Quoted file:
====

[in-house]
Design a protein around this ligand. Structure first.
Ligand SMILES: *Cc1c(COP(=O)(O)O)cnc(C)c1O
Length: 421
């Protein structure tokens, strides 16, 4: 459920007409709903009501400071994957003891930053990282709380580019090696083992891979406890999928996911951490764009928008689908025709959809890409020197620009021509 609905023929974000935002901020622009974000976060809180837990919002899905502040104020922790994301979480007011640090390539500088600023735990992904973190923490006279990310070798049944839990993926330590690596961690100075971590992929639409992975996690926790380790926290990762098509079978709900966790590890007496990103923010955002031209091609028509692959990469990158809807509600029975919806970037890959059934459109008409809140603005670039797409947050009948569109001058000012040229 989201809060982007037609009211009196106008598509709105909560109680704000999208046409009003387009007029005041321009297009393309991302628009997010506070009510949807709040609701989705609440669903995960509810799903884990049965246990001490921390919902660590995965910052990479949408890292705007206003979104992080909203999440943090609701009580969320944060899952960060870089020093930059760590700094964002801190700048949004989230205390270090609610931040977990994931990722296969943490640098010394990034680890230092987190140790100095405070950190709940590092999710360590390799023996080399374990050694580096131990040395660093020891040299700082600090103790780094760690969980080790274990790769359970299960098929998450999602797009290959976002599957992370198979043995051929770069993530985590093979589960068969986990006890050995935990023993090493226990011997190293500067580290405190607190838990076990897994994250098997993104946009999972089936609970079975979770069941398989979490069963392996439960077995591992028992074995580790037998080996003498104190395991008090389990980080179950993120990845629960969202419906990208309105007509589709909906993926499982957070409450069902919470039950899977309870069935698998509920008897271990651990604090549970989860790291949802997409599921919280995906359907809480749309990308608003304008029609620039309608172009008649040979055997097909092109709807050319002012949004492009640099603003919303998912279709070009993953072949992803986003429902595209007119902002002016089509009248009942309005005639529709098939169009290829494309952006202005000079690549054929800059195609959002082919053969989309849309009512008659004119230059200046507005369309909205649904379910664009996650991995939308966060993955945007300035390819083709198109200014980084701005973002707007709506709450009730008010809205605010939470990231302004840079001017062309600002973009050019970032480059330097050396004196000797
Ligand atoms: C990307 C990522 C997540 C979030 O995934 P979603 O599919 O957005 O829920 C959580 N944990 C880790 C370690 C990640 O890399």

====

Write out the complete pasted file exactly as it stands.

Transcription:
[in-house]
Design a protein around this ligand. Structure first.
Ligand SMILES: *Cc1c(COP(=O)(O)O)cnc(C)c1O
Length: 421
């Protein structure tokens, strides 16, 4: 459920007409709903009501400071994957003891930053990282709380580019090696083992891979406890999928996911951490764009928008689908025709959809890409020197620009021509 609905023929974000935002901020622009974000976060809180837990919002899905502040104020922790994301979480007011640090390539500088600023735990992904973190923490006279990310070798049944839990993926330590690596961690100075971590992929639409992975996690926790380790926290990762098509079978709900966790590890007496990103923010955002031209091609028509692959990469990158809807509600029975919806970037890959059934459109008409809140603005670039797409947050009948569109001058000012040229 989201809060982007037609009211009196106008598509709105909560109680704000999208046409009003387009007029005041321009297009393309991302628009997010506070009510949807709040609701989705609440669903995960509810799903884990049965246990001490921390919902660590995965910052990479949408890292705007206003979104992080909203999440943090609701009580969320944060899952960060870089020093930059760590700094964002801190700048949004989230205390270090609610931040977990994931990722296969943490640098010394990034680890230092987190140790100095405070950190709940590092999710360590390799023996080399374990050694580096131990040395660093020891040299700082600090103790780094760690969980080790274990790769359970299960098929998450999602797009290959976002599957992370198979043995051929770069993530985590093979589960068969986990006890050995935990023993090493226990011997190293500067580290405190607190838990076990897994994250098997993104946009999972089936609970079975979770069941398989979490069963392996439960077995591992028992074995580790037998080996003498104190395991008090389990980080179950993120990845629960969202419906990208309105007509589709909906993926499982957070409450069902919470039950899977309870069935698998509920008897271990651990604090549970989860790291949802997409599921919280995906359907809480749309990308608003304008029609620039309608172009008649040979055997097909092109709807050319002012949004492009640099603003919303998912279709070009993953072949992803986003429902595209007119902002002016089509009248009942309005005639529709098939169009290829494309952006202005000079690549054929800059195609959002082919053969989309849309009512008659004119230059200046507005369309909205649904379910664009996650991995939308966060993955945007300035390819083709198109200014980084701005973002707007709506709450009730008010809205605010939470990231302004840079001017062309600002973009050019970032480059330097050396004196000797
Ligand atoms: C990307 C990522 C997540 C979030 O995934 P979603 O599919 O957005 O829920 C959580 N944990 C880790 C370690 C990640 O890399």